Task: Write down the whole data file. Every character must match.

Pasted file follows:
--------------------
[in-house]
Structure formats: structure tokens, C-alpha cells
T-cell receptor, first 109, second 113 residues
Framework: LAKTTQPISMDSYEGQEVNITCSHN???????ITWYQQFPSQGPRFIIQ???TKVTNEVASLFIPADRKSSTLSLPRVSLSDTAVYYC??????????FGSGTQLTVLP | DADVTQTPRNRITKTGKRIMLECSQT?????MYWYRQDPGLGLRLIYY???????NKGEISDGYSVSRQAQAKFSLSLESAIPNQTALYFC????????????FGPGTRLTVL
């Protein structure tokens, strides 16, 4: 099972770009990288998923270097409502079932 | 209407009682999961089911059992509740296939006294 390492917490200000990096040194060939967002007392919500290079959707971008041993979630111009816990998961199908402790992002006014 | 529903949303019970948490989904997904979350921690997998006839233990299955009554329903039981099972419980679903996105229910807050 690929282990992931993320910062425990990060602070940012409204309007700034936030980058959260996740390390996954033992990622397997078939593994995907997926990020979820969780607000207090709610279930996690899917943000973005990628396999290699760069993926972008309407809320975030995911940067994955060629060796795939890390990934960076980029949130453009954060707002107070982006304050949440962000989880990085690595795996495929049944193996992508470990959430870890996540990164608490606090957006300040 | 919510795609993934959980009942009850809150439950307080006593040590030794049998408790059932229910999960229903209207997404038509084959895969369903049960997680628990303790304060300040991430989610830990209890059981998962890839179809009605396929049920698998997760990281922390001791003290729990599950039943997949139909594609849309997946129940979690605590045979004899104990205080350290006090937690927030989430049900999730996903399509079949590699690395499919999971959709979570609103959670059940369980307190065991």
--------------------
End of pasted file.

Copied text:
[in-house]
Structure formats: structure tokens, C-alpha cells
T-cell receptor, first 109, second 113 residues
Framework: LAKTTQPISMDSYEGQEVNITCSHN???????ITWYQQFPSQGPRFIIQ???TKVTNEVASLFIPADRKSSTLSLPRVSLSDTAVYYC??????????FGSGTQLTVLP | DADVTQTPRNRITKTGKRIMLECSQT?????MYWYRQDPGLGLRLIYY???????NKGEISDGYSVSRQAQAKFSLSLESAIPNQTALYFC????????????FGPGTRLTVL
């Protein structure tokens, strides 16, 4: 099972770009990288998923270097409502079932 | 209407009682999961089911059992509740296939006294 390492917490200000990096040194060939967002007392919500290079959707971008041993979630111009816990998961199908402790992002006014 | 529903949303019970948490989904997904979350921690997998006839233990299955009554329903039981099972419980679903996105229910807050 690929282990992931993320910062425990990060602070940012409204309007700034936030980058959260996740390390996954033992990622397997078939593994995907997926990020979820969780607000207090709610279930996690899917943000973005990628396999290699760069993926972008309407809320975030995911940067994955060629060796795939890390990934960076980029949130453009954060707002107070982006304050949440962000989880990085690595795996495929049944193996992508470990959430870890996540990164608490606090957006300040 | 919510795609993934959980009942009850809150439950307080006593040590030794049998408790059932229910999960229903209207997404038509084959895969369903049960997680628990303790304060300040991430989610830990209890059981998962890839179809009605396929049920698998997760990281922390001791003290729990599950039943997949139909594609849309997946129940979690605590045979004899104990205080350290006090937690927030989430049900999730996903399509079949590699690395499919999971959709979570609103959670059940369980307190065991």